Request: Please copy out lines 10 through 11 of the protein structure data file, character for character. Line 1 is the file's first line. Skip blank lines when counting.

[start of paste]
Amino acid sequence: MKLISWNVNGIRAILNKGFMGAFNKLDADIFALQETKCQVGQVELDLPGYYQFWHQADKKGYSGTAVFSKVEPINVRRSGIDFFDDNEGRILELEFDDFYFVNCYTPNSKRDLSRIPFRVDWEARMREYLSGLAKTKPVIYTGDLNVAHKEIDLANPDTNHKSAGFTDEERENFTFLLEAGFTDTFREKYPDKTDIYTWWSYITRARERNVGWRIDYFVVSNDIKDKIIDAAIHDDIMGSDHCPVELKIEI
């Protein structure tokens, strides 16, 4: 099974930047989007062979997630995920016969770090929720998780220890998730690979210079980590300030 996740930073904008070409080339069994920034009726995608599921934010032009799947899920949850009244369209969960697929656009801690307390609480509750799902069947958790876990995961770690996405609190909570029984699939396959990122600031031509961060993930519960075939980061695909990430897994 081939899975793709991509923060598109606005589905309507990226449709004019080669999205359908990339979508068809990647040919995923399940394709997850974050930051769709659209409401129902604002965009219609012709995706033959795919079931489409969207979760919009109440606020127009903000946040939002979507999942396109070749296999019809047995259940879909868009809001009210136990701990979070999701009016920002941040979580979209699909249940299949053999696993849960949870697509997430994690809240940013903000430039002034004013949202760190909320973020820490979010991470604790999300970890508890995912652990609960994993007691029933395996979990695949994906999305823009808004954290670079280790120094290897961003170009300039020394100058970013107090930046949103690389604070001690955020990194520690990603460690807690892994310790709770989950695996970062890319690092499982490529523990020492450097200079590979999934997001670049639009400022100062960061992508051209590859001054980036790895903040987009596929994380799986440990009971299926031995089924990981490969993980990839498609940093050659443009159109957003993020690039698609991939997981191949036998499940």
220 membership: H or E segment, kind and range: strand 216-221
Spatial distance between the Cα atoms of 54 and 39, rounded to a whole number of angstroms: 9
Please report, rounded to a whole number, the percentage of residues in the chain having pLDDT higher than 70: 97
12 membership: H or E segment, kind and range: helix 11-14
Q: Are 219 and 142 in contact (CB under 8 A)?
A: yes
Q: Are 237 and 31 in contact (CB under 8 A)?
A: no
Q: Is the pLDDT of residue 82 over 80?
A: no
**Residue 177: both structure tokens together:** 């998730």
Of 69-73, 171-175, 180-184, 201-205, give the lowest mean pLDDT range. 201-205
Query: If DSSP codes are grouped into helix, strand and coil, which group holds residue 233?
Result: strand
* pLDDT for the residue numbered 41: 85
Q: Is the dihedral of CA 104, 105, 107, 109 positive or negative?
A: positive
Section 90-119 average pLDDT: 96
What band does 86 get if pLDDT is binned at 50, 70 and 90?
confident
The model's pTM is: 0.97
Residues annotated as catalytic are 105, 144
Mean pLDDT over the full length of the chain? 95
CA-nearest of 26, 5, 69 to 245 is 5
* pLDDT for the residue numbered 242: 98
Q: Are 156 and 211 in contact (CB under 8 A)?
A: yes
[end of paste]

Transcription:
A: no
Q: Is the pLDDT of residue 82 over 80?